It tends to work as you build this plaque up, you recruit white blood cells, they turn into foam cells inside the blood vessel, they get really inflammatory. They release their own inflammatory chemicals called cytokines. It’s its own unique immune system. We used to say the skin was the largest organ in the body. It’s not. It’s the endothelial blood vessel lining of the heart and the brain that are the largest organ in the body. And they have their own communication system, their own inflammatory system. And interestingly, the same inflammation of the heart is the inflammation of the brain. Your same risk factor, particularly for women postmenopausal with the hormone reduced. You have the same risk of heart disease risk as you do of dementia risk. And it’s the inflammation, the cholesterol, the blood sugar, sugar-coating. So the lipoprotein A, that fractionated cholesterol takes your LDL, your low density lipoprotein and breaks it down into four subtypes.

The two dangerous ones are lipoprotein A and a small dense LDL. In most advanced labs there’s multiple labs out there that people can use that will test these advanced particles, these advanced inflammatory markers and these advanced sugar products. So we look at this fractionated technology to see who’s got those more advanced risk. Again, the idea of taking your total, your good one, making a ratio and getting your LDL. It used to be an LDL less than 130. Now we want it under a hundred. But the clinical trials show that when an LDL in someone with known heart disease, you need to get it under 70. And that also is based on the Jupiter and several other trials. So I have a lot of people that come in that are either appropriately or inappropriately on a statin drug and their cholesterol is 110.

And I say, if you’re on the drug, let’s actually get it to a dose that works. And typically you have to do other things to get them to help tolerate that dose. In JAMA, they just published a data, said primary prevention with statins. The debate is intense, the data is weak. That’s the name of the article. It’s in JAMA, a not well-respected journal called JAMA. So this is in mainstream medicine, so it’s not a one size fits all. Again, I’m not anti-medication. I’m appropriate med for the right person. And we’ll talk about that for women too, and they’re less responsive and more at risk of side effects than the men are.

Evelyne: Yeah. And why is it that… Because we’ve had this advanced cardiovascular testing available for a long time. I feel like I took, what’s a lab that’s not around anymore, but I feel like I took that over 10 years ago. Why is it not being done in conventional cardiology yet?

Dr. Mark Menolascino: Yeah, that’s a good question. And I think there’s a lot of things that are done in medicine that are just done the way we used to do them and they’re not done the way that they should be done. And this is a great example of that with the cardiovascular health. What I see in the training is the people do what the people before them did, they’re unwilling to step out of line and do something unique. Whereas the physicians that we work with in functional medicine, integrative medicine, the natural paths, again, as a more personalized approach, they want more data to be able to empower the individual. Let’s provide people with information to empower them with knowledge to help them change your behaviors. Let’s not give them stories that scare them. “If you don’t stop smoking, your lungs are going to look like this.” Well, let’s give them information to empower them with knowledge to help them make changes. That’s really the relationship that most of us in our field are working with our clients.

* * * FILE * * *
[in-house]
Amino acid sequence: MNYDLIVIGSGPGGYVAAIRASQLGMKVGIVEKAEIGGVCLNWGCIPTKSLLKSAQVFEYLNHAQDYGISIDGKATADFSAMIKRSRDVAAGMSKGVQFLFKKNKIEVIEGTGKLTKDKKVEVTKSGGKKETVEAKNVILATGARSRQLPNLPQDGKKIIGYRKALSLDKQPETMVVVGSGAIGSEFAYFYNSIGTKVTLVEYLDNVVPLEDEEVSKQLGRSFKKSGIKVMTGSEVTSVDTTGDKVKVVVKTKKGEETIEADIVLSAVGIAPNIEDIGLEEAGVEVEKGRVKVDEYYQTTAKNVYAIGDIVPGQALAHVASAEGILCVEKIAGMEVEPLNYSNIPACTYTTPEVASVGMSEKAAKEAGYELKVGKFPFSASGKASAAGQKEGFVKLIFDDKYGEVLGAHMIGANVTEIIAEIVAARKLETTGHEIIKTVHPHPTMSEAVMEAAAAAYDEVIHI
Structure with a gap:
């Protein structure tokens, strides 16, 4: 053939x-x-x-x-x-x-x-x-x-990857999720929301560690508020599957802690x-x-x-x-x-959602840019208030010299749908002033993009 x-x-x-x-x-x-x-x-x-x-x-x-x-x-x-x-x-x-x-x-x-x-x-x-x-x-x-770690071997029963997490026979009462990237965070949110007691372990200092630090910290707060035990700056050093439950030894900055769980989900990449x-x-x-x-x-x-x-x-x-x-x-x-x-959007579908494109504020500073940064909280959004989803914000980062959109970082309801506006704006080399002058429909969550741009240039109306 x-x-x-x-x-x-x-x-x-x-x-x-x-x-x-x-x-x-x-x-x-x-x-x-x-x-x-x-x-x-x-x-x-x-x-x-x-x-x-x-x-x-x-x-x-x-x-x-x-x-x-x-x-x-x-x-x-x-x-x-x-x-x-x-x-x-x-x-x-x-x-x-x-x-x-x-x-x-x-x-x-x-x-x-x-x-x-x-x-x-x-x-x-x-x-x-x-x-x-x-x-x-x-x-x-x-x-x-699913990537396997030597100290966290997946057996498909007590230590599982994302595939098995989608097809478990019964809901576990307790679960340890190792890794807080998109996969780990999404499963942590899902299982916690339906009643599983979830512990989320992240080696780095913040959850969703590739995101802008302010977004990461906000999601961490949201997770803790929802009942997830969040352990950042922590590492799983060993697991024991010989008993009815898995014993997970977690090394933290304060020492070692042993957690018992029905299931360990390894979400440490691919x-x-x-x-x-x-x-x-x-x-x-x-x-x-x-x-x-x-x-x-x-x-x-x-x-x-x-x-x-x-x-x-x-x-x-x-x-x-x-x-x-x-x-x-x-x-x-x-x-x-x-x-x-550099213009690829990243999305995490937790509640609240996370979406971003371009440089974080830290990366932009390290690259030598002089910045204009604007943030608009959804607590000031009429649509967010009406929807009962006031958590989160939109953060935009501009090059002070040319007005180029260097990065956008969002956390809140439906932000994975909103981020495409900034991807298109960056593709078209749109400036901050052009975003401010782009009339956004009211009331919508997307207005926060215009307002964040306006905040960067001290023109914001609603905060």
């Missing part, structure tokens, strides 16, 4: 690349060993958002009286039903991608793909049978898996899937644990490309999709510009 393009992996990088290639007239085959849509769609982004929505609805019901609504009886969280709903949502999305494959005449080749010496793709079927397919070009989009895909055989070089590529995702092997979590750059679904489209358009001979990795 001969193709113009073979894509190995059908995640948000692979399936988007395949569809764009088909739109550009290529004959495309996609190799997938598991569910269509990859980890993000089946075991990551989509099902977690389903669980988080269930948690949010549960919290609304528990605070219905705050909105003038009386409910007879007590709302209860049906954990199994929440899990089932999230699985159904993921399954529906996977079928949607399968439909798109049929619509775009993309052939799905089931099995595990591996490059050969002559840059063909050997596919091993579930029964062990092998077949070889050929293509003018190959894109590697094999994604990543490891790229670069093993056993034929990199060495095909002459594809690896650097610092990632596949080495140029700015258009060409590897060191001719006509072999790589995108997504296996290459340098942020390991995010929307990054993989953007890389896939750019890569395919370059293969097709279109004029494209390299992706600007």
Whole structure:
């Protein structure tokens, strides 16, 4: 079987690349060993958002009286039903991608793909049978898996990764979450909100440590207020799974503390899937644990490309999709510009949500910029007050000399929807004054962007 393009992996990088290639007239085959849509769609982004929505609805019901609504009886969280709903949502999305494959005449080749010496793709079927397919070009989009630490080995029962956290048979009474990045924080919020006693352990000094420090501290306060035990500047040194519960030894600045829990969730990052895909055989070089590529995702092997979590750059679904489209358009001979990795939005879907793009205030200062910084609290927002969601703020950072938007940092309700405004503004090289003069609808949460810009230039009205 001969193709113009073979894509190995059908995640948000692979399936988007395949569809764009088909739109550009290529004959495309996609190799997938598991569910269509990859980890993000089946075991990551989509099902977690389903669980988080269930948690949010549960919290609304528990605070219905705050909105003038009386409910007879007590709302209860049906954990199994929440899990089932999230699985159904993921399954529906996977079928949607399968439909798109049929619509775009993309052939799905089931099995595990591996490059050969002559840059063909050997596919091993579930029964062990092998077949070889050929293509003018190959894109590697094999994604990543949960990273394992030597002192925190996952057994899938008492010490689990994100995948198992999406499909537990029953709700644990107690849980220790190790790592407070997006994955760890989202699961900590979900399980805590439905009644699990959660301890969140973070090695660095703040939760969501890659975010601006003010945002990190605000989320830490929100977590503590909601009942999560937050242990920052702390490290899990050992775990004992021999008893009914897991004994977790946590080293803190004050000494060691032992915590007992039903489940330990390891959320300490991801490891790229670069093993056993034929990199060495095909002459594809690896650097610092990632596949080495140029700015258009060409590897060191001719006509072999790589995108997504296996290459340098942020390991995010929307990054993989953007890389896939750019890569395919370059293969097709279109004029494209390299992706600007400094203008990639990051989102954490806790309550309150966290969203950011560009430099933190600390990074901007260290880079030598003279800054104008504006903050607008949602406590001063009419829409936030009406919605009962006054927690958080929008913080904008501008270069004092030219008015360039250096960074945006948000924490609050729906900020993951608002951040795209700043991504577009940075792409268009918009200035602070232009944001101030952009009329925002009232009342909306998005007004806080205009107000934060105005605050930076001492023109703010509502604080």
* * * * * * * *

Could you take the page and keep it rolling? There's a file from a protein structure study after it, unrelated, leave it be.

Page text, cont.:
Evelyne: And what is the testing that you most commonly use? I believe that Cleveland Heart Lab is now available through Quest. So I think a lot of people use that.

Dr. Mark Menolascino: There are multiple labs that you can use, and I tell every practitioner, “Go to a conference, get to know the lab people, find the people that you like that you connect with. They will teach you a lot of information, but also know that not any one lab has all the best things. So you’ve got to kind of create the package that you’re comfortable with, that you feel will benefit your patients the most. But the first thing you need to do is to educate yourself on what they’re looking at. Then find out who does the best.” I like the Cleveland Heart Lab. It just has always been a good panel for me. And the same tests they’re doing for the heart, they’re now doing for dementia prevention. So it’s the same markers, homocysteine, CoQ10, omega-3, fasting insulin, your A1C, your B-12, your folate, your MTHFR, your APOE, all of those that contribute to heart health also contribute to dementia reduction and prevention.

Evelyne: Which just shows just how important it is to actually work on this work with the right person. I want to go back to the things to prevent heart attack in addition to the advanced testing. Actually, let’s go to that first and then I want to go back to LP(a). So you also are a fan of the functional stress test and also looking at calcium score. Can you talk more about those and also cover any other things that you look at when you’re assessing risk?